THE centre-left Social Democratic Party is facing the tough task of trying to form a government coalition in Finland after becoming the country’s largest party by a narrow margin.

With all votes counted after the parliamentary election, the party led by Antti Rinne took 17.7% of votes and 40 seats in the Eduskunta legislature, far from the 101 seats needed for a majority.

Right behind came the populist Finns Party with 17.5%, while the conservative National Coalition party took the third spot with 17% of votes. Outgoing Prime Minister Juha Sipila’s Centre Party was fourth with 13.8%.

Tackling climate change and reforming Finland’s social and health care system were key topics in the vote.

ELSEWHERE, Six people have appeared in a New Zealand court on charges they illegally redistributed the video a gunman livestreamed as he shot worshippers at two mosques last month.

Christchurch District Court Judge Stephen O’Driscoll denied bail to businessman Philip Arps and an 18-year-old suspect who both were taken into custody in March. The four others are not in custody.

The charge of supplying or distributing objectionable material carries a penalty of up to 14 years imprisonment.

New Zealand’s chief censor has banned both the livestreamed footage of the attack and the manifesto written and released by Brenton Harrison Tarrant, who faces 50 murder charges and 39 attempted murder charges in the March 15 attacks.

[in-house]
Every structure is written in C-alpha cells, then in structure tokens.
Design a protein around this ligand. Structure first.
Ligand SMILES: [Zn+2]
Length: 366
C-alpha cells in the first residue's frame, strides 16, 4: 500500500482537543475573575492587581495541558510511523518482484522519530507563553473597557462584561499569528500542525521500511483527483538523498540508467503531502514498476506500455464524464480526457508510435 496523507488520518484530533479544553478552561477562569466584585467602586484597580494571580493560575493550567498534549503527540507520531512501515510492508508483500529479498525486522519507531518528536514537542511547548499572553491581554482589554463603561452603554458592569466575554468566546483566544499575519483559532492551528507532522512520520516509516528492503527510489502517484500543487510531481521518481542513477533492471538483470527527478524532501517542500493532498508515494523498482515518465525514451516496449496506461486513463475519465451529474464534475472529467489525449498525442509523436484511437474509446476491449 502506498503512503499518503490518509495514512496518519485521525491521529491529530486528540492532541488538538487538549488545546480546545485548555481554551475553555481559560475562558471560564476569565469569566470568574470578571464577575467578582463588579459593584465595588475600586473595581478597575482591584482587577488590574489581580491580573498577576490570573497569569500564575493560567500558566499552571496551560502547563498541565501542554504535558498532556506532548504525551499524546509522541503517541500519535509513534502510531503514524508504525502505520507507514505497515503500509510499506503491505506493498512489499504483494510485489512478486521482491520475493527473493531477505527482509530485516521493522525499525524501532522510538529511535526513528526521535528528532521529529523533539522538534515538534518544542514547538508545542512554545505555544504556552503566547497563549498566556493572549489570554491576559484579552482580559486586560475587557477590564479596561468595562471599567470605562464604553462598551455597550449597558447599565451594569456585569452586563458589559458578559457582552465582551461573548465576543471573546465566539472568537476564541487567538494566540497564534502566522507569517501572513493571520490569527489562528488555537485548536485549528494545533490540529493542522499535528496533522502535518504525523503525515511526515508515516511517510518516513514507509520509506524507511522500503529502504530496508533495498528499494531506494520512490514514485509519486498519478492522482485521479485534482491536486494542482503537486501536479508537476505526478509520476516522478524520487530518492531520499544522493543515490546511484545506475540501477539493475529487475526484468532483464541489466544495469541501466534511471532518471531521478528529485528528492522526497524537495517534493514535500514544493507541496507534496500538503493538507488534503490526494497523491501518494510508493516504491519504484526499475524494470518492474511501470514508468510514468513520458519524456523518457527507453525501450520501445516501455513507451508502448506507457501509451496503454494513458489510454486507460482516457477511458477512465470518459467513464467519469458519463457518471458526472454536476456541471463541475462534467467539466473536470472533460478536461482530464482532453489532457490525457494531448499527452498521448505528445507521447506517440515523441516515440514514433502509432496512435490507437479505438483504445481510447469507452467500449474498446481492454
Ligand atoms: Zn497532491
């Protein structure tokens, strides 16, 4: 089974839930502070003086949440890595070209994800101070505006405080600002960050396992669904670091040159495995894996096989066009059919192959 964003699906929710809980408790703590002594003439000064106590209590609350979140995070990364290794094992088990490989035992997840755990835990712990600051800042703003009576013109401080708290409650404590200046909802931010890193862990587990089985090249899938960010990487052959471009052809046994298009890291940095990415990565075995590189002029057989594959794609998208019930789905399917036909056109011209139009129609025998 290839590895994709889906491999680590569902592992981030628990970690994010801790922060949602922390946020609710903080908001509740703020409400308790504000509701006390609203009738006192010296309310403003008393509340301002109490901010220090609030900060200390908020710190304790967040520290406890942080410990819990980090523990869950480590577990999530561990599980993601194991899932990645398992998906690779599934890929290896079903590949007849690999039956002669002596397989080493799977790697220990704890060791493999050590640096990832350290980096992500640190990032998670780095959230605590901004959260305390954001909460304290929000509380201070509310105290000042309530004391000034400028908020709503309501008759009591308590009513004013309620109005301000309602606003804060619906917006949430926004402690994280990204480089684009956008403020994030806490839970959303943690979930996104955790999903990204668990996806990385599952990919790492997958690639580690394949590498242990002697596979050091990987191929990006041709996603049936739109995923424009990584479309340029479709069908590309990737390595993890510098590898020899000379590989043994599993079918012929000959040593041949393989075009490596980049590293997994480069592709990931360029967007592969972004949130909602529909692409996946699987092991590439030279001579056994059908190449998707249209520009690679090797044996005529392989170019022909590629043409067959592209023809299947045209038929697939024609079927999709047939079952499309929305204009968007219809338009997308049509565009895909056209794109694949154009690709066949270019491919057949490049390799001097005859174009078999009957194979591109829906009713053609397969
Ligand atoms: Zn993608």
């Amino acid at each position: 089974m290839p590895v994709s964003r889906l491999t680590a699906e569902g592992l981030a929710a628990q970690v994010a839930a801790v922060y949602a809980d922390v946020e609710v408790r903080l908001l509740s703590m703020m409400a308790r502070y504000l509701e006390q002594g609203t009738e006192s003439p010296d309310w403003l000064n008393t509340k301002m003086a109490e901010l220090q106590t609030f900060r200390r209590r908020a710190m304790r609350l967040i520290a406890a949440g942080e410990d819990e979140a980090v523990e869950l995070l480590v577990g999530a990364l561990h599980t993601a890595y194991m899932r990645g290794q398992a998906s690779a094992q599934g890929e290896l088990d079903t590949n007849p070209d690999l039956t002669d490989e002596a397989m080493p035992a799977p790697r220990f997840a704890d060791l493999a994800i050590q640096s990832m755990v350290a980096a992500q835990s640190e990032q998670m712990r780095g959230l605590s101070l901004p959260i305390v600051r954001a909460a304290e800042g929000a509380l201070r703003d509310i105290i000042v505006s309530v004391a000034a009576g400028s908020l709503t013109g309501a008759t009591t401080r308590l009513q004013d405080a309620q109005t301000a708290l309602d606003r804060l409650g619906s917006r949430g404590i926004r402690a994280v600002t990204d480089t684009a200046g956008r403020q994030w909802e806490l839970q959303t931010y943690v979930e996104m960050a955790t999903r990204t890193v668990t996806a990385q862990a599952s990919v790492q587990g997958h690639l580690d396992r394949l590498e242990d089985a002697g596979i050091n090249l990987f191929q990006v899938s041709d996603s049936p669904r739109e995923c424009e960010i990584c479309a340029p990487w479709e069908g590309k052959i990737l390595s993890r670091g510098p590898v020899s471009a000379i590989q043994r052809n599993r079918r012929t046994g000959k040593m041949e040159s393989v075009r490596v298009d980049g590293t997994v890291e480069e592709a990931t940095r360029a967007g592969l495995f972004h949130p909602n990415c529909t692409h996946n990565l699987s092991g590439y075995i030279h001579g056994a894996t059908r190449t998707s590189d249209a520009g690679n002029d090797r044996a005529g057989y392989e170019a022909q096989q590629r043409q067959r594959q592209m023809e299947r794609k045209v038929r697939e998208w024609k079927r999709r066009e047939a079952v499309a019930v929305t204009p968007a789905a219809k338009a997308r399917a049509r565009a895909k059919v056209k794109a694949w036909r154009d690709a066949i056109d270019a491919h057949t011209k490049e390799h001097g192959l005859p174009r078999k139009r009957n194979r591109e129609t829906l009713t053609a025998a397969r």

MEANWHILE, Pete Buttigieg, an Indiana mayor who has risen to prominence in the early stages of the 2020 Democratic US presidential race, has made his official campaign entrance.

The National: Pete Buttigieg has gone from little-known Indiana mayor to a high-profile candidate in the race for the Democratic presidential nominationPete Buttigieg has gone from little-known Indiana mayor to a high-profile candidate in the race for the Democratic presidential nomination

“I recognise the audacity of doing this as a Midwestern millennial mayor,” he said to cheers of “Pete, Pete, Pete” from an audience assembled in a former car plant.

In the hours after his announcement, more than one million dollars (£763,000) in donations poured in.

The 37-year-old South Bend mayor is a Rhodes scholar and Afghanistan War veteran, and would be the first openly gay nominee of a major presidential party.

FINALLY, the operator of Japan’s Fukushima nuclear plant has begun removing fuel from a cooling pool at one of three reactors that melted down in the 2011 tsunami disaster.

Tokyo Electric Power Co (Tepco) said workers started removing the first of 566 used and unused fuel units stored in the pool at Unit 3.

Removing the units to safer ground is crucial to avoid disaster in case of another major quake.

Tepco says the removal would take two years, followed by the two other reactors. It comes ahead of the real challenge of removing melted fuel from inside the reactors.